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State v. Newcomb

Court of Appeals of Oregon

April 16, 2014

STATE OF OREGON, Plaintiff-Respondent,
v.
AMANDA L. NEWCOMB, Defendant-Appellant

Page 558

Argued and Submitted: May 16, 2013.

Multnomah County Circuit Court 110443303. Eric J. Bergstrom, Judge.

Andrew D. Robinson, Deputy Public Defender, argued the cause for appellant. With him on the brief was Peter Gartlan, Chief Defender, Office of Public Defense Services.

Jamie K. Contreras, Assistant Attorney-in-Charge, argued the cause for respondent. With her on the brief were Ellen F. Rosenblum, Attorney General, and Anna M. Joyce, Solicitor General.

Before Ortega, Presiding Judge, and Sercombe, Judge, and Hadlock, Judge.

OPINION

Page 559

[262 Or.App. 258] SERCOMBE, J.

Defendant appeals her conviction for second-degree animal neglect, arguing that the trial court erred in denying her motion to suppress evidence obtained when an animal control officer seized her dog and a veterinarian then subjected the dog to testing. Defendant contends that the trial court erred in concluding that the officer's seizure of the dog was justified under the " plain view" exception to the warrant requirement. Defendant further argues that, even if the officer lawfully seized the dog, the trial court erred in concluding that the veterinarian did not " search" the dog because the veterinarian's actions--sampling and testing the dog's blood and feces and recording the dog's weight over several days--revealed information that otherwise would have been hidden or concealed and, therefore, violated defendant's protected privacy interests. The state responds that the dog was lawfully seized and, with respect to the veterinarian's actions, that defendant had no protected privacy interest in the dog's " body condition" because, unlike other property, the dog had a right to care and to be free of neglect, and those rights " trump[ed]" defendant's constitutional possessory and privacy rights.

We conclude that the officer lawfully seized the dog under the " plain view" exception to the warrant requirement because his observations of the dog while lawfully in defendant's apartment, together with information he received from defendant and a named informant, provided probable cause to believe that defendant had neglected the dog and the dog was evidence of that neglect. As to whether the veterinarian's actions invaded defendant's protected privacy interests, we reject the state's novel claim that an animal's statutory rights " trump" a defendant's constitutional rights. Under the prevailing principles of Article I, section 9, of the Oregon Constitution governing privacy rights with respect to personal effects, we conclude that the extraction and testing of the dog's blood was a " search," because those actions constitute a physical invasion of defendant's personal property that revealed otherwise concealed evidence. Accordingly, we reverse and remand.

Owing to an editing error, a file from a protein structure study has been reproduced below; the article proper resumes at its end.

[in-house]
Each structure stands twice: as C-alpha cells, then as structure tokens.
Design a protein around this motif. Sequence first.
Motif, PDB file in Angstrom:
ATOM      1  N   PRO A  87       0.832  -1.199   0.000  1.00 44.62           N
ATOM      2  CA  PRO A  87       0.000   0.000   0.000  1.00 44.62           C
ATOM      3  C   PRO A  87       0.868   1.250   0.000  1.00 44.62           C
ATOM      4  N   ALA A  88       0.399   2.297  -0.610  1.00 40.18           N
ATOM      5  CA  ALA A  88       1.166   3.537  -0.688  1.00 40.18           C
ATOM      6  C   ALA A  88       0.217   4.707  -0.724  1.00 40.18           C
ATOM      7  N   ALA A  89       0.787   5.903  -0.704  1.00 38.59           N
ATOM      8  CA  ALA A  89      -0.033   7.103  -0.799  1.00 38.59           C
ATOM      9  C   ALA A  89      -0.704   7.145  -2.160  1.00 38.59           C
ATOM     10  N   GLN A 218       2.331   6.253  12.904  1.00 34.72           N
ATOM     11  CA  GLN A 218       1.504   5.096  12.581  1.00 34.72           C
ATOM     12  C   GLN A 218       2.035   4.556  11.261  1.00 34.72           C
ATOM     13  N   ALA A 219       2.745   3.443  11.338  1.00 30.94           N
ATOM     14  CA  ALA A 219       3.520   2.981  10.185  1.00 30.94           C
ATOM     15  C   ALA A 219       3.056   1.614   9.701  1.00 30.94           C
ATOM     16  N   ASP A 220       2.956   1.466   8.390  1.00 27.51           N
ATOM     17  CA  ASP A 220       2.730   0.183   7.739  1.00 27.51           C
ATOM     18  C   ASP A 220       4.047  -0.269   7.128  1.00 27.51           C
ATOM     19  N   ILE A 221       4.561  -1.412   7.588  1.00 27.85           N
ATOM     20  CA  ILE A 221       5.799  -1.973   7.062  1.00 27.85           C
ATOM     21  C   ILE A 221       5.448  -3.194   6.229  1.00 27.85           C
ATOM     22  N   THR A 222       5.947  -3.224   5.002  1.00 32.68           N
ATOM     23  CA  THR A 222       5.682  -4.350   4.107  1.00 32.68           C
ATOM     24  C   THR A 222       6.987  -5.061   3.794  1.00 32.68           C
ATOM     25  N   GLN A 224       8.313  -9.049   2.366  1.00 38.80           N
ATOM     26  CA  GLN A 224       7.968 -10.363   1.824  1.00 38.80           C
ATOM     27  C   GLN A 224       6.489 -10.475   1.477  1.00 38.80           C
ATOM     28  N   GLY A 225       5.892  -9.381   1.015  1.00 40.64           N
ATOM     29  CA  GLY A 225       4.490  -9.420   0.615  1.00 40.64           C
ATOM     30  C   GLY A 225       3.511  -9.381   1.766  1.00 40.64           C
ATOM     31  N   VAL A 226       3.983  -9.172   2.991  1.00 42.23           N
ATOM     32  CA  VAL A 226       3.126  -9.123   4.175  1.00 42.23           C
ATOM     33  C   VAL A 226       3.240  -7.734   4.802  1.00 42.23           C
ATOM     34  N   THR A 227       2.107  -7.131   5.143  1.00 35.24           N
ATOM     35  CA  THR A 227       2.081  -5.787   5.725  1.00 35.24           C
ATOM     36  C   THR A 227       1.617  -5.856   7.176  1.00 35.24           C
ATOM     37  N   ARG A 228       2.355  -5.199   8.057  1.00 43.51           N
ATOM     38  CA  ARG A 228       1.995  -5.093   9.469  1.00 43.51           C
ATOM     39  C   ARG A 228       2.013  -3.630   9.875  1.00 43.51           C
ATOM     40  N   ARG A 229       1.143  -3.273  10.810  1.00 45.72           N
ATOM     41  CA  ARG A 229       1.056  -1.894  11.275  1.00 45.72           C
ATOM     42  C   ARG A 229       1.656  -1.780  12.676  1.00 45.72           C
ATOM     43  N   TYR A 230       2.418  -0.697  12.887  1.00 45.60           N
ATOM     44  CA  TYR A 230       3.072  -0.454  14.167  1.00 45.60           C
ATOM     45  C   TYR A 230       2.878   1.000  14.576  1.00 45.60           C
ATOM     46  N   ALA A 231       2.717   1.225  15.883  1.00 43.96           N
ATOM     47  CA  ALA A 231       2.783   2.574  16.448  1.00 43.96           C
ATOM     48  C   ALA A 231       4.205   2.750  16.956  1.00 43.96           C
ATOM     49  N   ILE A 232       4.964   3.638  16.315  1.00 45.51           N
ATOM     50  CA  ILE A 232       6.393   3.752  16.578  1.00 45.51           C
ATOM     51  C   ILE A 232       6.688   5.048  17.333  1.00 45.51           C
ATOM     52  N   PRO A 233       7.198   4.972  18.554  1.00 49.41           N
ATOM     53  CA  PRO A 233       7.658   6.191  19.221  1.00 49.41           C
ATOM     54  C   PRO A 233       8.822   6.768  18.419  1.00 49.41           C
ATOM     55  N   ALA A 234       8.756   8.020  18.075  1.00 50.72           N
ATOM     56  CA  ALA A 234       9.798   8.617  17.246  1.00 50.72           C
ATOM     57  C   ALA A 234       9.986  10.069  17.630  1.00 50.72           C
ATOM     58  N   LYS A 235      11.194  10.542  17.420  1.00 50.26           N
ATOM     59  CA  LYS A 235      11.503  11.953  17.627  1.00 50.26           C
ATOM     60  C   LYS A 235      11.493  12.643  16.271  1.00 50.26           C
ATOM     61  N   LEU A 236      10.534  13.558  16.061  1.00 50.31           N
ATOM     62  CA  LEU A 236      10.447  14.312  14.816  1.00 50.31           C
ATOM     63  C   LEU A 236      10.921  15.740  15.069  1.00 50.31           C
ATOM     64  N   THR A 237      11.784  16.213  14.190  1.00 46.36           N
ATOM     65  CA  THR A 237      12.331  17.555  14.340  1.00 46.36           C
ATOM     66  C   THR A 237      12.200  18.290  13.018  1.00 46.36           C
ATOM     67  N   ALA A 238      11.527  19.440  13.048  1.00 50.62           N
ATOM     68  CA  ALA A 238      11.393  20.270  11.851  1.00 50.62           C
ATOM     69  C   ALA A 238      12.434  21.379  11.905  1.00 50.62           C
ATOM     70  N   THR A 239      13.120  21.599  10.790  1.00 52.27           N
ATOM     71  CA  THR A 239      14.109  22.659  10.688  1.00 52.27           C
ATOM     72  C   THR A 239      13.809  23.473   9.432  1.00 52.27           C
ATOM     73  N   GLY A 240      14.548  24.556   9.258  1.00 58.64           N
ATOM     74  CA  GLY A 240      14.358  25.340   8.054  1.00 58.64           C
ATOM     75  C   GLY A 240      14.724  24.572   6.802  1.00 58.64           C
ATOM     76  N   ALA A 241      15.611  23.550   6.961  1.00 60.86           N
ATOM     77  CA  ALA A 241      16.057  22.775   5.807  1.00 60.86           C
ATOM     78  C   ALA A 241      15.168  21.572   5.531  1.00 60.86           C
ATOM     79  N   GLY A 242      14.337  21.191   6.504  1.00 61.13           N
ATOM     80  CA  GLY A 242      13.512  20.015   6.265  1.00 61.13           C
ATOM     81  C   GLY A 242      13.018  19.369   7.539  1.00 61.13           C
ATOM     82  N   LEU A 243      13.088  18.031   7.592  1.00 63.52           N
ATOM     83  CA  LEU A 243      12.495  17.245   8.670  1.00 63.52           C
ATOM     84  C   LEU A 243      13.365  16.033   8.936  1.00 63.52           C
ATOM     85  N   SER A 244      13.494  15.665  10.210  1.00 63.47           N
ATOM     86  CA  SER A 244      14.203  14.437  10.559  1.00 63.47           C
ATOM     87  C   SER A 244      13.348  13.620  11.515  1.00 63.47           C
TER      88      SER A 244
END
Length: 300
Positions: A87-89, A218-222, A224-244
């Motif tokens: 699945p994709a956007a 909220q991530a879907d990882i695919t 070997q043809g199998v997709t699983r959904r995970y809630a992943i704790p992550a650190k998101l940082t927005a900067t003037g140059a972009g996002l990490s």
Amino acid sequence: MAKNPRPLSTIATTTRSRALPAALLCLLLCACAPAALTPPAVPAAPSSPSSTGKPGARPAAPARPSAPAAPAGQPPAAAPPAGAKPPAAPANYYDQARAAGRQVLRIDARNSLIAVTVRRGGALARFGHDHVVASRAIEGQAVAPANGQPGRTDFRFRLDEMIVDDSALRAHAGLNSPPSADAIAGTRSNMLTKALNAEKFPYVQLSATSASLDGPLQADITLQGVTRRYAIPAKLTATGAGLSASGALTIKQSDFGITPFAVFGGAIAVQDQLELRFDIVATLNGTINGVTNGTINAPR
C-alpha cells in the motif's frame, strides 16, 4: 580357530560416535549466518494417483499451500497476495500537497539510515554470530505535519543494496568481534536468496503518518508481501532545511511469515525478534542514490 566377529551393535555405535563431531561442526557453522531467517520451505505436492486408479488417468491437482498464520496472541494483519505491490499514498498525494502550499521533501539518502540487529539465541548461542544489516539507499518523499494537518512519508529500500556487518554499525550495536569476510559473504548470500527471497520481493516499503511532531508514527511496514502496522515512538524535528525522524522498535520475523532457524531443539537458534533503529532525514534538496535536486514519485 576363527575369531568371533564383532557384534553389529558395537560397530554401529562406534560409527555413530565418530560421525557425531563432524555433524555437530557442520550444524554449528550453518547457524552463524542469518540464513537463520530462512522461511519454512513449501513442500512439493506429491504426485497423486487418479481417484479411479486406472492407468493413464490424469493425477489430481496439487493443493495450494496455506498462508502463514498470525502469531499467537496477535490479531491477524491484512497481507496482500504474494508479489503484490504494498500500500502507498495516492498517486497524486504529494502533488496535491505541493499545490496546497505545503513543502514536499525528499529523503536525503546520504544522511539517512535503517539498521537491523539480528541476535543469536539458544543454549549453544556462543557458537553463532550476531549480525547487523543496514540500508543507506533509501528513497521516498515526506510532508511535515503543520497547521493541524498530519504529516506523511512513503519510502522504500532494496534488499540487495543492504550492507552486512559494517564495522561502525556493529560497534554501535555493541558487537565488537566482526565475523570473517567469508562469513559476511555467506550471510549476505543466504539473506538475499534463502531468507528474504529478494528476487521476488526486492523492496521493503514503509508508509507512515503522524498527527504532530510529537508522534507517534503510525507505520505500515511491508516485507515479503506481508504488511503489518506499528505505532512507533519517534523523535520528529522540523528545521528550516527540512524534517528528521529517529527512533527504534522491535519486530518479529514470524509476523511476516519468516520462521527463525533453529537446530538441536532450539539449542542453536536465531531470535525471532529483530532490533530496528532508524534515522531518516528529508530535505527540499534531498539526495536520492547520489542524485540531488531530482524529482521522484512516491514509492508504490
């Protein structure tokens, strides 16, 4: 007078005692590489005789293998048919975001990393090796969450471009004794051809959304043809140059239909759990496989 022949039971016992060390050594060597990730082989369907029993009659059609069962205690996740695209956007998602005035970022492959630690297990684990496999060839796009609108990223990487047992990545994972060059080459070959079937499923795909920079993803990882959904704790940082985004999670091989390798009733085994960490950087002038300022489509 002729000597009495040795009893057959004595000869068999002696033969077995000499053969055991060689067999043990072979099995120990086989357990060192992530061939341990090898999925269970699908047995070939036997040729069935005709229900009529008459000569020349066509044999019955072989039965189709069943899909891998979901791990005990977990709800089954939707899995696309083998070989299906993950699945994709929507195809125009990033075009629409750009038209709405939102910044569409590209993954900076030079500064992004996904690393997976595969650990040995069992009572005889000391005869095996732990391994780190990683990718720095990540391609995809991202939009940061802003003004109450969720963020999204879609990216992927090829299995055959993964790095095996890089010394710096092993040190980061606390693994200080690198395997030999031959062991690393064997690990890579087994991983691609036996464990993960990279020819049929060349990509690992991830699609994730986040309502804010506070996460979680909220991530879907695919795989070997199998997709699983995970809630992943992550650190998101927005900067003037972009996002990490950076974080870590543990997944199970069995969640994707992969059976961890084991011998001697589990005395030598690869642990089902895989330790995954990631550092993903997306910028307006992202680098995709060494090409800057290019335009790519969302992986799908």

[262 Or.App. 259] We describe the facts consistently with the trial court's explicit and implicit findings, which the evidence supports. A named informant reported to the Oregon Humane Society that defendant's " dog was being housed in a kennel for many hours of the day, it was being beaten by * * * defendant, and also wasn't being fed properly." An officer, working as an animal cruelty investigator, went to defendant's apartment to investigate the complaint. The officer entered the apartment with defendant's consent and saw the dog in the yard behind the home. The officer saw that the dog was " in a near-emaciated condition" and " was kind of eating at random things in the yard, and * * * try[ing] to vomit. Nothing was coming up, but [the dog] was trying to vomit." The

Page 560

officer asked defendant why the dog was in that condition; defendant told him that she was out of dog food but was going to get more food that night.

The officer concluded that the dog " certainly appeared neglected" and there was a " strong possibility" that the dog needed medical care. He wanted to take the dog into custody and have it tested by a veterinarian " in order to make a determination if [he] was going to pursue this criminally" and to " determine what [was] wrong with [the dog], to get him vet care." The officer asked defendant to sign a temporary medical release; she refused. The officer then took custody of the dog and brought it to the Humane Society.

At the Humane Society, a veterinarian took samples of the dog's blood and feces and tested those samples. The veterinarian also fed the dog, weighed the dog every three to four days, and charted the change in weight over time.[1] According to the officer, those tests, taken together, showed that defendant's dog " was a healthy dog and with a basic plan of good quality food, he rapidly began to gain weight. So there basically was nothing wrong with him." [262 Or.App. 260] Thus, the evidence was relevant to show that the dog's " near-emaciated" condition resulted from neglect--lack of feeding--rather than sickness or disease.

Defendant filed a motion to suppress evidence derived from the warrantless seizure and search of her dog under Article I, section 9, and the Fourth Amendment to the United States Constitution.[2] Defendant argued that dogs are personal property and that Article I, section 9, and the Fourth Amendment protected her possessory interest in her dog. Defendant also asserted that she had a privacy interest in her dog, and that the state and federal constitutions protected that interest ...


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